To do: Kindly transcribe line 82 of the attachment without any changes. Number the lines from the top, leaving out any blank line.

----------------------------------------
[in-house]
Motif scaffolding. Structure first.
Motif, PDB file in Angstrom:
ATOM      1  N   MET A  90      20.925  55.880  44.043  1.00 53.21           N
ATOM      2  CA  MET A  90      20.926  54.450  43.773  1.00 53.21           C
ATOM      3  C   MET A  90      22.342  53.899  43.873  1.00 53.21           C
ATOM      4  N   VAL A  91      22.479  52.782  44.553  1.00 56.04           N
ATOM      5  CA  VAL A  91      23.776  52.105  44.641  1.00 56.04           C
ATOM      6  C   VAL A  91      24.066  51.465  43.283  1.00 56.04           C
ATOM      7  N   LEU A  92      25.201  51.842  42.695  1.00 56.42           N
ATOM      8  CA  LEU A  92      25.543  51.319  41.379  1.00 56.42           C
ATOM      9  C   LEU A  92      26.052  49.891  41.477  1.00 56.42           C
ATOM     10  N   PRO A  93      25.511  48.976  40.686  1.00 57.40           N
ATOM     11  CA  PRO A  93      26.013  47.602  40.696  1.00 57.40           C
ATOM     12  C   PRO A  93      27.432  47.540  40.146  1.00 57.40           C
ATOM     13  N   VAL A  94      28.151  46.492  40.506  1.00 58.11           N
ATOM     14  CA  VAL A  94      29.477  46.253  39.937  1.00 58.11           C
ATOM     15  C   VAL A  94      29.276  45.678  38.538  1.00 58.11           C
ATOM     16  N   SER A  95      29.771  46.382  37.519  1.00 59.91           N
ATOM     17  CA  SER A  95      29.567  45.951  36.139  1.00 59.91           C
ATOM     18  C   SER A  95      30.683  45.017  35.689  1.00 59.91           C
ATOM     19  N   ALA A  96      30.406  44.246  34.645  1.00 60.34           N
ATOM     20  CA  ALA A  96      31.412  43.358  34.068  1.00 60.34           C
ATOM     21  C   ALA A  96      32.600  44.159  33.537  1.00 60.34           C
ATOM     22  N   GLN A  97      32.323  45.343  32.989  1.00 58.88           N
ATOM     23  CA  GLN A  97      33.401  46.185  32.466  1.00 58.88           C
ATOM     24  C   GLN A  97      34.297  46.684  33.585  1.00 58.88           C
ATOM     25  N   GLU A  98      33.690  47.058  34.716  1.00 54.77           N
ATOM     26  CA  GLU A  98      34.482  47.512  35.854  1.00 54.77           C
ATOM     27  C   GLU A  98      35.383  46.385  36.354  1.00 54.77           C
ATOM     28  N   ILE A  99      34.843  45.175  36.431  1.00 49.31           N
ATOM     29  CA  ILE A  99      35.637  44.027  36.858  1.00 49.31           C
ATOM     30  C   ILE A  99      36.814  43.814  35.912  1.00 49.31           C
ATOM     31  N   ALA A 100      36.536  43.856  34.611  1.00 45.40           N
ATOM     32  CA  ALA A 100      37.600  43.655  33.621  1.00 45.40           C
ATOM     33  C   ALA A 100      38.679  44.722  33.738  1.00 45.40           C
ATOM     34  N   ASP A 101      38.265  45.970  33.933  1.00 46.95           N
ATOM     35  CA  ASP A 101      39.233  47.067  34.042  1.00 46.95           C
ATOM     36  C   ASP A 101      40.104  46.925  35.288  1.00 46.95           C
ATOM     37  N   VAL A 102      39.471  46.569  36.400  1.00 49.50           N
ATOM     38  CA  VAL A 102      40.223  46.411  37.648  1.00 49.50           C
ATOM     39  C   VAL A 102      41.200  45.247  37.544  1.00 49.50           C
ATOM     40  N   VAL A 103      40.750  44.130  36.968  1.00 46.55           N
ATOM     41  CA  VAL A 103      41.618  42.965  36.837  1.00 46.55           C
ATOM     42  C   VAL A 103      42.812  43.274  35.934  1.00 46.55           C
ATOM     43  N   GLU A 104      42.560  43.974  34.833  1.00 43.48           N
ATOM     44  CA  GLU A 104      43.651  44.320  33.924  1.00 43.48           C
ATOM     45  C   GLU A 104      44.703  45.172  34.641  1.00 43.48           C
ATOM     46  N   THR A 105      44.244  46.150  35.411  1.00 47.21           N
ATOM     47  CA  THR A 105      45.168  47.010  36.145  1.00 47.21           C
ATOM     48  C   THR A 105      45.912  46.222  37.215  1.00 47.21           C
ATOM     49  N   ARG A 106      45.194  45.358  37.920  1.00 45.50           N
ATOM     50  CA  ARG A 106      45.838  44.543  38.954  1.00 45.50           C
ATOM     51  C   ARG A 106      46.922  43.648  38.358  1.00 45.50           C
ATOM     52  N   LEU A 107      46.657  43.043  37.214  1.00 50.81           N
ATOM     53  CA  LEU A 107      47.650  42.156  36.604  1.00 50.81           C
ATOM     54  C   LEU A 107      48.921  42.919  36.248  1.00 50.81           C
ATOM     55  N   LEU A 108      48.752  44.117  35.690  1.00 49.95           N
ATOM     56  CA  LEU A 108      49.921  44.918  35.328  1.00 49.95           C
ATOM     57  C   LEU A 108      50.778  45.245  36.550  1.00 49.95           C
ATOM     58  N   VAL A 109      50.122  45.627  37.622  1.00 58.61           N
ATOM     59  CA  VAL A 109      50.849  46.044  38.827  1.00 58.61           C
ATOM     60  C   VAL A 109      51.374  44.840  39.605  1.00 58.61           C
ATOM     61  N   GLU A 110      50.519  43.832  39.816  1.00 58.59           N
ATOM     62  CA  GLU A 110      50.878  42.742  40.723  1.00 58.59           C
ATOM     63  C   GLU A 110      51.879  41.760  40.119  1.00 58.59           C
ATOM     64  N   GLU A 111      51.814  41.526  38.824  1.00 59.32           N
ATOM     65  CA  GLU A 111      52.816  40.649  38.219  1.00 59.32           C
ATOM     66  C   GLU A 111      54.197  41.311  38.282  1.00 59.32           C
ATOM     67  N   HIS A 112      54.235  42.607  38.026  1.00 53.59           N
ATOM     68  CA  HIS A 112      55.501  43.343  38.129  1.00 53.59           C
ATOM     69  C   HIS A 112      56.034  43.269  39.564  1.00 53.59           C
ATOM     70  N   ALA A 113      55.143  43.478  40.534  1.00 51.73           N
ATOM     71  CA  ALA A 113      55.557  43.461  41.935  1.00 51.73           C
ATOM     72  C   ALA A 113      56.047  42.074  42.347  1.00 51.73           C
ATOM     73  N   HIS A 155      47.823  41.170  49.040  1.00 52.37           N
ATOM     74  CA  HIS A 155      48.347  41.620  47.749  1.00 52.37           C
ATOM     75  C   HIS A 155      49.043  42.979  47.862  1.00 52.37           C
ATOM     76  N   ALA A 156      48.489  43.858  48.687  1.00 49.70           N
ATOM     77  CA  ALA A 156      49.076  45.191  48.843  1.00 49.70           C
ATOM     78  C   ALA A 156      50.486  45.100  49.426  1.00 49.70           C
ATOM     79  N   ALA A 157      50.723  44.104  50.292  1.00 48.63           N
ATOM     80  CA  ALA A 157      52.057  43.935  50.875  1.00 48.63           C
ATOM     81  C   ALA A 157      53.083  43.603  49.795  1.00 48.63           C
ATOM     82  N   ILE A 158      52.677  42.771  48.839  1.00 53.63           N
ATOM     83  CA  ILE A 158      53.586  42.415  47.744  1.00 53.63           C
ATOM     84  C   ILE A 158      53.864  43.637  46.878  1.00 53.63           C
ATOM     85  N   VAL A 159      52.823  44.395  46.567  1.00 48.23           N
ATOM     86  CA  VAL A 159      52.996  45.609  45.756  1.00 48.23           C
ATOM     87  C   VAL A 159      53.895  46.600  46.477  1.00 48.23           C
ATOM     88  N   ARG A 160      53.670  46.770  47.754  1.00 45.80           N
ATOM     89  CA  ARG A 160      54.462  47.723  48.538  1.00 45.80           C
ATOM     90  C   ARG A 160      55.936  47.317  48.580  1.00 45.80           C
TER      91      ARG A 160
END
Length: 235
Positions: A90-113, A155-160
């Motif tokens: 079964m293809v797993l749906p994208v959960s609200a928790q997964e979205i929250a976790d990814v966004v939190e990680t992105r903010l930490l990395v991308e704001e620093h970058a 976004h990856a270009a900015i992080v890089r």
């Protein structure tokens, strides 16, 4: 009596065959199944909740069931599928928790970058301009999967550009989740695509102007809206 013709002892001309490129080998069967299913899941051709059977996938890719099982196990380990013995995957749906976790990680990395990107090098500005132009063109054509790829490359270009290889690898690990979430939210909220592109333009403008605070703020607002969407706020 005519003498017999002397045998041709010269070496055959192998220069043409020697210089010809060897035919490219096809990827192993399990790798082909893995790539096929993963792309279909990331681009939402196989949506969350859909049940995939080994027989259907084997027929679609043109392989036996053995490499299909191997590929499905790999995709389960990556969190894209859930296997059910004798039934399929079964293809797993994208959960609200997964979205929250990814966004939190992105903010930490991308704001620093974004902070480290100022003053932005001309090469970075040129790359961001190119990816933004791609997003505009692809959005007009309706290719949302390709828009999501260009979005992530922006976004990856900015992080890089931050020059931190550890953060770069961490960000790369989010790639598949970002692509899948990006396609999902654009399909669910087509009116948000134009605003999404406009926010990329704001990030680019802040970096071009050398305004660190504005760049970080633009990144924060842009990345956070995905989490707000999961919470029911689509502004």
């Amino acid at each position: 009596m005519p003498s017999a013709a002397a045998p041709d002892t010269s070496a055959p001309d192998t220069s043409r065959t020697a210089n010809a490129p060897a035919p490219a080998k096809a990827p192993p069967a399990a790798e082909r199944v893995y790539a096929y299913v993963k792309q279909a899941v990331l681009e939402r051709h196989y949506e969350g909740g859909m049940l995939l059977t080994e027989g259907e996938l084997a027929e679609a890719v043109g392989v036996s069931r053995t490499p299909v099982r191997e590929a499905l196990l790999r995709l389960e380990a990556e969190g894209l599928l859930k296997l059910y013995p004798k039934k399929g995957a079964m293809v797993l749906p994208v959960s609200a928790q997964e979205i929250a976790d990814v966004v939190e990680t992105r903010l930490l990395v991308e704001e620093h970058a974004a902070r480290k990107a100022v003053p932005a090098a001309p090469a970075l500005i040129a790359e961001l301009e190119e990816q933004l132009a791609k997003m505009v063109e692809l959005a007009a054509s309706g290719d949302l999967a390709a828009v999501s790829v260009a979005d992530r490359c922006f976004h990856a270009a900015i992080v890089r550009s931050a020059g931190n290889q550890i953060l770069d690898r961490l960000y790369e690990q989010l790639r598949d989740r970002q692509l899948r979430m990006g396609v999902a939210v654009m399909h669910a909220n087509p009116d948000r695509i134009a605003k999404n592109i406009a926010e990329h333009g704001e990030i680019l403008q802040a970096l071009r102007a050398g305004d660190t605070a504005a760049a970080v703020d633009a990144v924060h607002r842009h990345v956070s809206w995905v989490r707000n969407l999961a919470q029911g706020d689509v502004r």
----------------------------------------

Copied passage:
ATOM     79  N   ALA A 157      50.723  44.104  50.292  1.00 48.63           N